Michael Sparks, Director of Government Sales at Zebra Technologies, explains how the safety of the US voting process can be improved with specific technology
In the last several years, local election administration officials have increasingly implemented new ways to improve the efficiency, security, and safety of the US voting process; and given the continued spread of COVID-19, the stakes are even higher this election year.
Despite the push for mail-in voting, the reality is that many states will still be setting up in-person voting locations during the elections this fall. Election officials are finding that technology can be a valuable tool in keeping both workers and voters safe during election preparation and administration.
Better asset management, more efficient polling site
One of the biggest logistical challenges that election administration officials face is the physical process of setting up local polling locations. Equipment ranging from pens and parking signs to voting booths and machines must be moved from storage to polling sites in schools, libraries, churches and other widely dispersed physical locations throughout a county, city, or township. With safety top of mind right now, some municipalities are adding other items like plexiglass shields to the list.
Many counties still use a cumbersome, manual paper-based system to track these assets. Not only is this inefficient, but it also requires a lot of interaction between election workers, who often spend hours or days in a room checking off and marking items using pen and paper to ensure the right equipment is sent to the right location.
Today, many election officials are turning to barcoding or RFID technology to increase the accuracy and efficiency of the election set-up process. Election officials can use barcode or RFID tags placed on the voting equipment and boxes of materials to assign the items to polling sites, in essence creating a “packing list” for each location.
When workers arrive to transfer items from the storage area to a polling location, they simply scan the RFID or barcode tags to make sure they are transporting the right items. Once the items arrive at the polling location, workers can scan the tags again to make sure they have all the items they need. The process is fast, efficient, and accurate – reducing the amount of human interaction required in the set-up process.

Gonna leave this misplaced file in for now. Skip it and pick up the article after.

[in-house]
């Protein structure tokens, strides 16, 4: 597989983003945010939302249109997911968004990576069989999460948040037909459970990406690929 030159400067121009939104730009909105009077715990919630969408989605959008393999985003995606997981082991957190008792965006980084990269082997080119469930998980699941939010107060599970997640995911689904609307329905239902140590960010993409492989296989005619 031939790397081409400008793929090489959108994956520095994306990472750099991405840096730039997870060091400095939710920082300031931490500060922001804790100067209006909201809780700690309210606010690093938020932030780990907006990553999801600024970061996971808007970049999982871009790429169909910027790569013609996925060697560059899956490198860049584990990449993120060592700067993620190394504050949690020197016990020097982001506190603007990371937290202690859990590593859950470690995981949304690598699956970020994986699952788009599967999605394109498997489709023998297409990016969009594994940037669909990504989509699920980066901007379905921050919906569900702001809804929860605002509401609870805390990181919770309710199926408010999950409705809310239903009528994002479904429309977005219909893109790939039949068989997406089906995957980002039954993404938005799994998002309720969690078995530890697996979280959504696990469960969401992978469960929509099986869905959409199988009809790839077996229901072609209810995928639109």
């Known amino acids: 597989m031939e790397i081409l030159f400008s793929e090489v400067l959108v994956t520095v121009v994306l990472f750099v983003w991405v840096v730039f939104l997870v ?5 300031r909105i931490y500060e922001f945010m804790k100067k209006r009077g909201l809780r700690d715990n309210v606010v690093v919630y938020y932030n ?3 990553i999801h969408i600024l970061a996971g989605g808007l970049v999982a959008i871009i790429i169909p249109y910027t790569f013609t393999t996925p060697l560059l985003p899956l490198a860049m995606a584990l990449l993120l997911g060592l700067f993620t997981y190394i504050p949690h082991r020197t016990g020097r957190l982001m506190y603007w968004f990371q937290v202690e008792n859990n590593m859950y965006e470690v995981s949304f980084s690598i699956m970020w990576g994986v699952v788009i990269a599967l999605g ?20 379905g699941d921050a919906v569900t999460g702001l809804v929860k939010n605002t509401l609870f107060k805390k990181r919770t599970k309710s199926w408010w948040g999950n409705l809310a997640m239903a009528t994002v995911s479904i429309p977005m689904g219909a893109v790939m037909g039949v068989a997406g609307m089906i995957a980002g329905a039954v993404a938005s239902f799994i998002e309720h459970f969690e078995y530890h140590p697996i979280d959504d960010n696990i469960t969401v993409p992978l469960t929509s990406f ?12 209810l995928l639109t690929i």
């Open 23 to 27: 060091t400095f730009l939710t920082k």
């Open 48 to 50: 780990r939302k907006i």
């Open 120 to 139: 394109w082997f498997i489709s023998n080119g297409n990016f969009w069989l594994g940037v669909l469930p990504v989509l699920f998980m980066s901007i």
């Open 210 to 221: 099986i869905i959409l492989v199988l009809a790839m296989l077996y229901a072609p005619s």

Expediting the US voting process
Of course, reducing the amount of interaction is critical during the voting process as well. According to research from an MIT professor,[i] voters spent 23 million hours waiting in line to vote in 2012, which cost the United States $544 million in productivity. In the post-COVID world, long lines at the polls could put much more than just productivity at risk.
Technology can keep voters productive and safe by speeding up the process through faster voter identification and more automated voting. Mobile scanners allow poll workers to quickly scan a driver’s license or other photo identification and verify the voter’s data against the registration database. This system saves time by eliminating the need for poll workers to search through stacks of paper to verify voter identity.
Using technology, such as QR codes and mobile devices, voters can even make their voting selections before they arrive at the polling station. Local election administrators can post sample ballots online and give voters the option to save their votes and create a “poll pass” (similar to an electronic boarding pass) using a QR code on their mobile phones. These QR codes can be scanned at the polling place and a digital representation of the ballot reviewed by the voter. Once confirmed, the ballot is then printed to have a verifiable paper record.
Better ballot tracking to increase accuracy
Finally, barcoding technology can improve the tracking and confirmed delivery of ballots. Both used and unused ballots can be traced to ensure accurate vote counts at polling locations.
Preserving the integrity and safety of the US voting system – while also keeping poll workers and voters safe – is critical to the continued health of our country. That’s why technology solutions such as asset management, QR code-based “pre-voting” options, electronic voter identification and barcode ballot tracking have already been used in more than 100 elections across 23 states. And it’s why we will see more technology solutions that improve the voting process being implemented in the future.
To learn more about technology solutions helping government officials increase real-time asset visibility, click here.
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